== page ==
Supporters of a nonprofit home for struggling women on May 8 protested the continued efforts of a major insurance company to force them to move out of their beautiful downtown neighborhood as a pivotal court hearing on the matter was delayed.
About 150 supporters of the 104-year-old Anna Louise Inn protested outside the Hamilton County Court of Common Pleas in downtown Cincinnati, where a judge who previously ruled against the women’s home was supposed to begin hearing new arguments in the case.
The three-day hearing was delayed indefinitely but is expected to be rescheduled soon.
Protesters derided the delay as “prolonging an already frivolous case” and demanded that insurance giant Western & Southern Financial Group end the now two-year court fight.
“I’m enraged. This place helps the community,” said Tatiana McCormick, 24, who lived at the inn just after she left Ohio’s foster care system six years ago and is now a motivational speaker. “All I have to say to Western & Southern is, ‘Shame on you,’ because this is our home.”
Western & Southern, a Fortune 500 company, has been trying for several years to buy or force out the Anna Louise from the Lytle Park Historic District, the beautiful and serene neighborhood they share, and turn it into a boutique hotel.
The company successfully sued to stop renovation of the 103-year-old property and publicly disparaged residents as homeless prostitutes who don’t belong in the neighborhood.
Western & Southern spokesman Michael Laatsch said in a prepared statement that there is a win-win solution available, referring to a standing offer from the company to buy the Anna Louise for $3 million so they can move to a built-to-suit modern facility, and the inn can be turned into a boutique hotel.
“We have consistently stated our commitment and interest to talking with all parties to achieve just such a solution,” Laatsch said. “That remains true today.”
In a September editorial in The Cincinnati Enquirer, company CEO John Barrett said a hotel in place of the Anna Louise would better serve the city, pointing to a University of Cincinnati study commissioned by Western & Southern that showed a hotel could generate $355 million in economic impact over 30 years.
“Under our proposal, we hope to break even, but the phenomenal benefits to the city are too great to pass up,” Barrett wrote. “No one loses with our proposal.”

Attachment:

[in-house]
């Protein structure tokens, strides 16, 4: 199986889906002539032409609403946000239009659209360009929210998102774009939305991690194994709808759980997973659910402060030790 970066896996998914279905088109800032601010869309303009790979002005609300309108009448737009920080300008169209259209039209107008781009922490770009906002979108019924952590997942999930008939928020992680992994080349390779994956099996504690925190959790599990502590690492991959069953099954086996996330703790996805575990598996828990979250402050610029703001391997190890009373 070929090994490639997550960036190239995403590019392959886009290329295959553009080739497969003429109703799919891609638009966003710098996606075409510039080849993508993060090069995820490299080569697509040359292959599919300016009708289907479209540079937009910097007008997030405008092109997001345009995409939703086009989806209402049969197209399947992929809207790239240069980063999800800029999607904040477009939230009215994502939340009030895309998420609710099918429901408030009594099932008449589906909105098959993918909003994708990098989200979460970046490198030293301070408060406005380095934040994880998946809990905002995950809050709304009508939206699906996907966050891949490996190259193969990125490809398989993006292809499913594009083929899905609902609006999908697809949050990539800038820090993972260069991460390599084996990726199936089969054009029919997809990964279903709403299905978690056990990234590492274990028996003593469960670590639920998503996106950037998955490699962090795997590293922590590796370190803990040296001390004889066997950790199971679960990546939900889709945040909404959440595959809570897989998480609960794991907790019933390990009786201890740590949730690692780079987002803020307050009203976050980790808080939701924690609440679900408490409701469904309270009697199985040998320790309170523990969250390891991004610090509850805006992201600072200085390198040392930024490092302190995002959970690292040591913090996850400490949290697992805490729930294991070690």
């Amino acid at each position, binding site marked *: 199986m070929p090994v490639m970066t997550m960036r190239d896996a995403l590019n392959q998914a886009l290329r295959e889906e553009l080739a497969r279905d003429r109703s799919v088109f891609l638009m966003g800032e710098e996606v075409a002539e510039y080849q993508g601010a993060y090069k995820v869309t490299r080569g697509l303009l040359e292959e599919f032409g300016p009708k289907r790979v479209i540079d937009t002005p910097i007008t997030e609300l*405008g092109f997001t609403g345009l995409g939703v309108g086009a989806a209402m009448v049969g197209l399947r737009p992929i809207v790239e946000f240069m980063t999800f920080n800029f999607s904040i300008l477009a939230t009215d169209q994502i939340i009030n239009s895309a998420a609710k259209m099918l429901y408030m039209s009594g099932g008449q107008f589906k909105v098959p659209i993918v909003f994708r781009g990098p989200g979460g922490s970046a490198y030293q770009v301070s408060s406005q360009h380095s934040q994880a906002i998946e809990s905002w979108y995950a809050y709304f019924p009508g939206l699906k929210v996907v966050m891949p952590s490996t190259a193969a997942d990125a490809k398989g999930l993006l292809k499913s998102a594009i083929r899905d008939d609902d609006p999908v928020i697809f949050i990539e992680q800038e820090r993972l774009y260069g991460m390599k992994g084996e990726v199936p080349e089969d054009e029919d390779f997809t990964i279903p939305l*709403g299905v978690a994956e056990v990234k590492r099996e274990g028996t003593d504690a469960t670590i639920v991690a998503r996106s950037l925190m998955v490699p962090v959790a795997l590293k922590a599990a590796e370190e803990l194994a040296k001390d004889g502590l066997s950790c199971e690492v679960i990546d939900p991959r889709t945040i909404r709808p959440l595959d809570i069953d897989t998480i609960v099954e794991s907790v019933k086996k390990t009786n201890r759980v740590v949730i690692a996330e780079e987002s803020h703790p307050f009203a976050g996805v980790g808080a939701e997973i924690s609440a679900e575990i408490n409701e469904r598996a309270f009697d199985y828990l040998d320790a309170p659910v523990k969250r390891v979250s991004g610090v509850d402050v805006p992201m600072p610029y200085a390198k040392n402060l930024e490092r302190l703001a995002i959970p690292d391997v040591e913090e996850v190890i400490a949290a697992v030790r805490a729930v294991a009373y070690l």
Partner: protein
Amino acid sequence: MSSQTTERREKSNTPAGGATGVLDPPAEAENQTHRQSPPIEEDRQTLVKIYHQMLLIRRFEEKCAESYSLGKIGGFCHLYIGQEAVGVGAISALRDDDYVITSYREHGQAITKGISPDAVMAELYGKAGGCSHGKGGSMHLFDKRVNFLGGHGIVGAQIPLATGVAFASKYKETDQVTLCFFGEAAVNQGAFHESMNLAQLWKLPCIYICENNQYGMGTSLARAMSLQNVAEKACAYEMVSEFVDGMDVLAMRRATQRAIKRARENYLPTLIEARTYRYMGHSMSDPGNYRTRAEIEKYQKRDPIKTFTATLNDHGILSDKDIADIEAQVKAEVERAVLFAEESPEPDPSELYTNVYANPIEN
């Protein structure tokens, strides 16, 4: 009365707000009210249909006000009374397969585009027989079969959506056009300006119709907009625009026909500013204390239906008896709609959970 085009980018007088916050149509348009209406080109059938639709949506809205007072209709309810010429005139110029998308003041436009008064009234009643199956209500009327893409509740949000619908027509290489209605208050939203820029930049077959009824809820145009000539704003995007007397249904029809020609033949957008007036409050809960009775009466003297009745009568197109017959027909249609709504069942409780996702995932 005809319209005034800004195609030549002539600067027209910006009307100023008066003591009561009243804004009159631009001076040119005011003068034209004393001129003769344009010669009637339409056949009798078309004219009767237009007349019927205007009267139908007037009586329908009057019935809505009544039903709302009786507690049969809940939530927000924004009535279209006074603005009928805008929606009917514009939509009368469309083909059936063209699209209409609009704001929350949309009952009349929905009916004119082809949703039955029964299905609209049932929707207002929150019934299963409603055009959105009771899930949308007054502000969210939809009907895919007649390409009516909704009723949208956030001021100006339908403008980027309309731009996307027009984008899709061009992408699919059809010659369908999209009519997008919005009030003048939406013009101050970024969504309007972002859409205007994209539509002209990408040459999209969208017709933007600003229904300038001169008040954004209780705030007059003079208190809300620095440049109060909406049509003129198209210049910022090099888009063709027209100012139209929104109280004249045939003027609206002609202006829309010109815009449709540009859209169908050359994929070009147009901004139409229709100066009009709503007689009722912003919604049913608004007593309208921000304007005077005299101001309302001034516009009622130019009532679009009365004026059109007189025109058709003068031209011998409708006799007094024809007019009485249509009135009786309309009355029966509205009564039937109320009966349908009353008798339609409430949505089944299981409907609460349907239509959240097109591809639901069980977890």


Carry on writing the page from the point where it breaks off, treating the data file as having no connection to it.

He also said the serene and charming neighborhood that Western & Southern shares with the Anna Louise Inn – known as Lytle Park – is better suited to a hotel than the home’s current residents.
Although the Anna Louise began in 1909 as a place for ambitious young women pouring into Cincinnati to work as stenographers, bookkeepers and secretaries, the inn is now a haven for women who are looking to make a new start.
Some, like McCormick, are just coming out of foster care; some have fled abusive relationships; others move there to escape lives of prostitution and drugs. Several have lived there for decades.
“We recognize the Anna Louise Inn’s history and mission,” Barrett said. “But that mission has changed dramatically in recent years. It has changed from providing affordable housing for working women to serving as a homeless shelter and prostitution recovery center. We think the new mission would be better served in another location, which we will help make happen.”
Josh Spring, executive director of the Greater Cincinnati Homeless Coalition and an Anna Louise supporter, rejected the inn’s characterization as a homeless shelter, saying that the women pay rent and that it’s disappointing when Barrett and others at Western & Southern refer to its residents as prostitutes who are bad for the neighborhood.
“It’s an age-old tactic of attacking women – you attack their basic morality,” said Spring, who helped organize the protest. “The truth is everybody knows that Lytle Park is a great place. They’re simply trying to muddy the waters and dirty the names of good people who get in their way.”
Before their fight began, the Anna Louise had considered an offer from Western & Southern to buy the property for $1.8 million, less than half its value. The inn decided against it after winning $12.6 million in federal and state tax credits for a renovation, a decision criticized by Barrett as a taxpayer “bailout.”
Days before the inn was to begin renovating, Western & Southern successfully sued to stop them, arguing that they broke zoning codes.
The Anna Louise has appealed and been rezoned but can’t begin renovating until the court fight is resolved.
Kate Gallion, a member of the newly formed Allies of the Anna Louise Inn, said at the May 8 protest that Western & Southern ultimately will fail
“The goal of Western & Southern, and we know this to be true, is to prolong the legal battle, exhaust our resources, exhaust our time and energy, and that we’ll eventually give up and give them the Anna Louise Inn,” she yelled to the crowd. “We’re here to tell them that’s not going to happen!”
Was this article valuable?
Here are more articles you may enjoy.